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  1. #1
    Senior Member redpony353's Avatar
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    New foreclosure defense: Prove I owe you

    http://www.msnbc.msn.com/id/29242063/?gt1-42003


    New foreclosure defense: Prove I owe you
    Homeowners demand lenders produce original documents — some can’t



    updated 12:59 p.m. PT, Tues., Feb. 17, 2009

    ZEPHYRHILLS, Fla. - Kathy Lovelace lost her job and was about to lose her house, too. But then she made a seemingly simple request of the bank: Show me the original mortgage paperwork.

    And just like that, the foreclosure proceedings came to a standstill.
    Lovelace and other homeowners around the country are managing to stave off foreclosure by employing a strategy that goes to the heart of the whole nationwide mess.

    "I'm going to hang on for dear life until they can prove to me it belongs to them," says Kathy Lovelace, a 50-year-old divorced mother who owns a $200,000 home in Zephyrhills, near Tampa. "I'll try everything I can because it's all I have left."
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    During the real estate frenzy of the past decade, mortgages were sold and resold, bundled into securities and peddled to investors. In many cases, the original note signed by the homeowner was lost, stored away in a distant warehouse or destroyed.

    Persuading a judge to compel production of hard-to-find or nonexistent documents can, at the very least, delay foreclosure, buying the homeowner some time and turning up the pressure on the lender to renegotiate the mortgage.

    "I'm going to hang on for dear life until they can prove to me it belongs to them," said Lovelace, a 50-year-old divorced mother who owns a $200,000 home in Zephyrhills, near Tampa. "I'll try everything I can because it's all I have left."

    In interviews with The Associated Press, lawyers, homeowners and advocates outlined the produce-the-note strategy. Exactly how many homeowners have employed it is unknown. Nor is it clear how successful it has been; some judges are more sympathetic than others.

    More than 2.3 million homeowners faced foreclosure proceedings last year and millions more are in danger of losing their homes. On Wednesday, President Obama will unveil a plan to spend at least $50 billion to help homeowners fend off foreclosure.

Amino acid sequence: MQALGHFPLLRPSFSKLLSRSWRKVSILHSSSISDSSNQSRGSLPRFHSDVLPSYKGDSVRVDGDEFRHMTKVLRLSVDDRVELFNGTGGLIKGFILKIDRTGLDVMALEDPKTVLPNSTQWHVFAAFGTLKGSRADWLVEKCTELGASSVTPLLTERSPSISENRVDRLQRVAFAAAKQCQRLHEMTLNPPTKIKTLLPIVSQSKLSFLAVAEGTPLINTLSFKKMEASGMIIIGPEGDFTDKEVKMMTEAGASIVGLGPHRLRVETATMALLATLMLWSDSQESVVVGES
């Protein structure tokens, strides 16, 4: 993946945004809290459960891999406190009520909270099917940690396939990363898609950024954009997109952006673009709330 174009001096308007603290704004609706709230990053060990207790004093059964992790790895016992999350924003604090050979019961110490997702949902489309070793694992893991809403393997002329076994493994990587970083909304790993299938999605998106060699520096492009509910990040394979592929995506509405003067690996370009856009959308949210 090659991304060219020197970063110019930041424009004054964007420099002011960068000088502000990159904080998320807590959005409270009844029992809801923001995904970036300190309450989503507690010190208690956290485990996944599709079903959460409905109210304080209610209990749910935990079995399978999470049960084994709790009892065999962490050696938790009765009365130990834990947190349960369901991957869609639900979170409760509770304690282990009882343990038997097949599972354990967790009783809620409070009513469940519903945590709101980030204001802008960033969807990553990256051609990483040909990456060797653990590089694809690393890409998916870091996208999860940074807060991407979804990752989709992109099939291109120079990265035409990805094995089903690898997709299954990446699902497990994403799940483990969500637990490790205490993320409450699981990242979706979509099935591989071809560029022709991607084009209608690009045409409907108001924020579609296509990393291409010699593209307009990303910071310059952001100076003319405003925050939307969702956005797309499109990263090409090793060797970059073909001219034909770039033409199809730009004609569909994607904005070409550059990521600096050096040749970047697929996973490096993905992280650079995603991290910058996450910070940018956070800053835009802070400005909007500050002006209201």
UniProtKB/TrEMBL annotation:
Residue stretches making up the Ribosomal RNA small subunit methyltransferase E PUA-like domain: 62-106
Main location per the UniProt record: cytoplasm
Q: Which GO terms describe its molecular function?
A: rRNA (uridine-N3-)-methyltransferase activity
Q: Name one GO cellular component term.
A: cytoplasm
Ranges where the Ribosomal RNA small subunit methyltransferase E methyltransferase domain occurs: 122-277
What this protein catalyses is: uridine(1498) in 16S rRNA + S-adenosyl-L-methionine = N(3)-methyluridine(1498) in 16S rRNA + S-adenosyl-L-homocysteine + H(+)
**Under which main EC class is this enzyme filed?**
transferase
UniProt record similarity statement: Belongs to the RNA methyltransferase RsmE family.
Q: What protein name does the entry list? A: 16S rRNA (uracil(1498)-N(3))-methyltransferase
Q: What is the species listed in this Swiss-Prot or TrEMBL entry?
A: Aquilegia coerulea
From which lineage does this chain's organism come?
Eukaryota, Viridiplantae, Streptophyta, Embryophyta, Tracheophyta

Chris Hoyer, a Tampa lawyer whose Consumer Warning Network Web site offers the free court documents Lovelace used to file her request, has played a major role in promoting the produce-the-note strategy.

    "We knew early on that the only relief that would ever come to people would be to the people who were in their houses," Hoyer said. "Nobody was going to fashion any relief for people who have already lost their houses. So your only hope was to hang on any way you could."
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  2. #2
    Senior Member LawEnforcer's Avatar
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    Very smart tactic.

  3. #3
    Senior Member azwreath's Avatar
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    Quote Originally Posted by LawEnforcer
    Very smart tactic.




    It is, but I'm torn on how I feel about it.

    I can understand it in a situation where someone has acted responsibly in obtaining a loan and then run into a legitimate problem they had no control over such as a layoff or health issue which caused them to fall behind and facing a lender who just didn't care and wouldn't work with them.

    BUT:

    Does the person who purposely put themselves in a position of taking on a loan they knew they couldn't afford, really have any right to utilize this tactic in effort to retain possession of a home they never should have purchased in the first place?

    Or, should the person who took on loans they shouldn't have just to purchase investment properties be allowed to get away with this?
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